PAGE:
After a long day cooped up in the coach we finally arrived at our last destination of the field course, the blistering hot beaches of Playa Grande. With some free time to explore we had a look around Hotel las tortugas, complete with swimming pool, hot tub and hammocks. Right on the beach this is most definitely a fabulous place to spend our remaining time in Costa Rica, especially with some well deserved sun!
The focus of our time here is marine conservation, specifically in terms of turtles. Playa Grande is known for its nesting leatherback turtles however in 2016 there were only 17 reported nestings here, this being a shadow of what the numbers once were. Even after the protection of turtles at Playa Grande leading to the closing of beaches during the evenings and the switch to low level lighting, specifically at Las Tortugas, no recovery from the crash in numbers has been seen and therefore the reduction could be related to international problems. We did have high hopes to see one of these incredible ocean giants despite the chance being very slim. Unfortunately over our 2 nights here we had no luck, but fingers crossed for future years!
Our final discussion session of the course encompassed the topic of marine conservation, an issue that needs to be considered in higher regard around the world. Nearly 5% of the worlds biodiversity is found in Costa Rica, but less than 1% of its waters are actually under protection. Despite this lack of oceanic protection there are some regulations in place to conserve species, for example from the 1990’s turtle egg poaching has been made illegal, except for a compromise made during two take days for those that rely on the eggs for sustenance, with beach patrolling being a key tactic to enforce this. Tourism has bought money to locals and awareness of the importance of the environment, however it can also be damaging, for example boat collisions with marine species.
We were also lucky to be joined by the brilliant environmentalist Randall Arauz of the association PRETOMA and CREMA, who gave us an enlightening guest lecture about marine conservation. Beginning with sea turtle conservation, Randall has now expanded, focusing on sharks and other marine issues too. He spoke of the difficulties of conservation, especially when species are slow growing, long lived, have long sexual maturity, have few offspring that reach adulthood and are highly migratory. Animals exhibiting these characteristics include sea turtles, all 8 species of which are endangered, and sharks, of which one third are also endangered. Conservation efforts discussed included the use of turtle excluder devices, which consist of a grid section of trawlers that push out turtles through an escape route, which has been proved to be 97% effective. However, Costa Rican fishermen have been found to often not use these despite their success! Randall also spoke of a number of policies that aid in conservation, such as the ruling in 2001 that shark fins must be attached. However, it is clear from his talk that environmental conservation faces many continual battles, and that education is a key aspect of raising awareness of these issues in order to conserve our oceans for generations to come.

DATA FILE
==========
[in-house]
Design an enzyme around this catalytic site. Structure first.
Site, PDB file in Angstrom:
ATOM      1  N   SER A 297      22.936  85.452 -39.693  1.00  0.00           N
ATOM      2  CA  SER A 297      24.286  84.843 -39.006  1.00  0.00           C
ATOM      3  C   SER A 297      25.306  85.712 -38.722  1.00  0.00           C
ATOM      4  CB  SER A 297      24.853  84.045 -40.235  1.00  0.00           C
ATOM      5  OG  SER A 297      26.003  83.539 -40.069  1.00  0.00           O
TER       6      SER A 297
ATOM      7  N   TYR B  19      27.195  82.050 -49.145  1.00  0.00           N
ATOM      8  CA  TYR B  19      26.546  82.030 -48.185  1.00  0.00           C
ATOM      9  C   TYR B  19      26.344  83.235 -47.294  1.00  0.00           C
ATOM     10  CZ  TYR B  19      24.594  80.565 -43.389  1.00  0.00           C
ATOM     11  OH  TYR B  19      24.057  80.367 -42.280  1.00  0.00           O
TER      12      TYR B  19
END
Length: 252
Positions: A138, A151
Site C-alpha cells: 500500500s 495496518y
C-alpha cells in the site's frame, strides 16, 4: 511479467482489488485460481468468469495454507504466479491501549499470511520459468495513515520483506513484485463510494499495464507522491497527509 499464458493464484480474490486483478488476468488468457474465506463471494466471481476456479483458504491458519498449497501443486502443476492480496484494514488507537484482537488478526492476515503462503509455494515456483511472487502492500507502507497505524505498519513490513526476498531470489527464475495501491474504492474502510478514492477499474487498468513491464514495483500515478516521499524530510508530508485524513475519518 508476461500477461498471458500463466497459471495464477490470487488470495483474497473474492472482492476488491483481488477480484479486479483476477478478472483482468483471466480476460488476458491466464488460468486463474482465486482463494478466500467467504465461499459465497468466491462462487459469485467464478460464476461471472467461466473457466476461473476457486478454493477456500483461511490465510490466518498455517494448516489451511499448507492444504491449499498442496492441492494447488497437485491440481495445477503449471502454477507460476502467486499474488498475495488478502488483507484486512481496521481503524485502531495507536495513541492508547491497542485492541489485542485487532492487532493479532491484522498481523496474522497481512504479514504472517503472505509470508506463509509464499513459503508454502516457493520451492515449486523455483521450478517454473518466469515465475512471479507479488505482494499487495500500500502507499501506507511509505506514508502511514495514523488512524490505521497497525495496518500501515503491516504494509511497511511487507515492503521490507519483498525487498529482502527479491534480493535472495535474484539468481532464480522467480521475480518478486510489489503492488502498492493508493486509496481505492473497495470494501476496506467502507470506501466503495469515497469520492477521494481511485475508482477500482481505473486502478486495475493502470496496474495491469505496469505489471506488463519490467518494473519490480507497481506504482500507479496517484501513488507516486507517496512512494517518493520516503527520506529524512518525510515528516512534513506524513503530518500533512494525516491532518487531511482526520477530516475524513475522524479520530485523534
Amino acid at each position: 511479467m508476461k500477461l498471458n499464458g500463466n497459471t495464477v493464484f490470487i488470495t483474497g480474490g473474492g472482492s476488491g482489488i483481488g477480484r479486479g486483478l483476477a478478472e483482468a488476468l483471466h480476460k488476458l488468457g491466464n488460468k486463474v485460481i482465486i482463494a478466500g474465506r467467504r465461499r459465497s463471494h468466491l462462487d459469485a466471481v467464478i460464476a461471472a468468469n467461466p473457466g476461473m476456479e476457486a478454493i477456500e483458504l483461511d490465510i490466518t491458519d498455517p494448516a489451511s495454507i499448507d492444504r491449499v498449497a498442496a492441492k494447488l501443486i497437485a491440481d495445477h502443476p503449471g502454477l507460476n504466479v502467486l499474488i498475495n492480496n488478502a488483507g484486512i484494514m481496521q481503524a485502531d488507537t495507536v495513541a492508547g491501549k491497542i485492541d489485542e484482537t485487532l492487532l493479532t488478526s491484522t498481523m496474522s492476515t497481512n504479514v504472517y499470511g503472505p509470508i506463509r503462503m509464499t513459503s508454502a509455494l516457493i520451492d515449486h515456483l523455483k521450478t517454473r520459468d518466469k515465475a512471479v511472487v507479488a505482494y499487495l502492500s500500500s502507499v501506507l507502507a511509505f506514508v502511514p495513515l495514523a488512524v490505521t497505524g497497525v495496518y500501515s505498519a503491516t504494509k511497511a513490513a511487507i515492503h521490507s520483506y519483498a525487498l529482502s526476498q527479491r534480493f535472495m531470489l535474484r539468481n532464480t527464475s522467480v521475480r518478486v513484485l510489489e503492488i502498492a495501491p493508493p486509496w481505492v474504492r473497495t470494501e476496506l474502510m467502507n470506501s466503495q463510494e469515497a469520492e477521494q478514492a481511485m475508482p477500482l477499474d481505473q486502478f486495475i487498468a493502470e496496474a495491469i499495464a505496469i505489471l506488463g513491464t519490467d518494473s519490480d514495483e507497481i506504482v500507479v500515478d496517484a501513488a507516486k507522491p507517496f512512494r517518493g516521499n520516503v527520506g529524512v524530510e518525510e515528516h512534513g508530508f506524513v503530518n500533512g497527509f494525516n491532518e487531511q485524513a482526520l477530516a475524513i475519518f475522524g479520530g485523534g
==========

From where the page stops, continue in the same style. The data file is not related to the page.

Our last activity at Playa Grande, and for the field course as a whole was snorkeling! Loading onto two boats we headed off into the sea, spotting masses of pelicans flying with ease across the water. We kept our hopes up for some fabulous marine life as we geared up with snorkels, flippers and the occasional noodle. Once in the cool blue sea we set to investigating anything that moved, spotting a variety fish from brightly coloured individuals to shoals of silvery white. A few pufferfish were also sighted along the way! After a few hours in the water diving to the depths and scanning the area it was time to for us climb back aboard and make our way to solid land, however most of us could’ve happily stayed for hours more. Sufficiently relaxed we settled down at the front of the boat and watched the sunset as we returned, the perfect way to end a brilliant day, and mark the close of our activities on field course Costa Rica. With the course now drawing to a close, all that is left is to head to our first destination yet again, Hotel Autentico, and prepare to leave what has proved to be an amazing country.
Only one day left! Don’t miss out on the last of Field Course Costa Rica:
sf343 January 26th, 2017 Costa Rica, Costa Rica archive beach, boat, Costa Rica, CREMA, Field Course, fins attached, Fish, Hotel las Tortugas, leatherback, leatherback turtles, marine, marine conservation, nesting, pelicans, Playa Grande, poaching, PRETOMA, puffer fish, Randall Arauz, Sea turtles, sharks, snorkeling, sun, sunset, tourism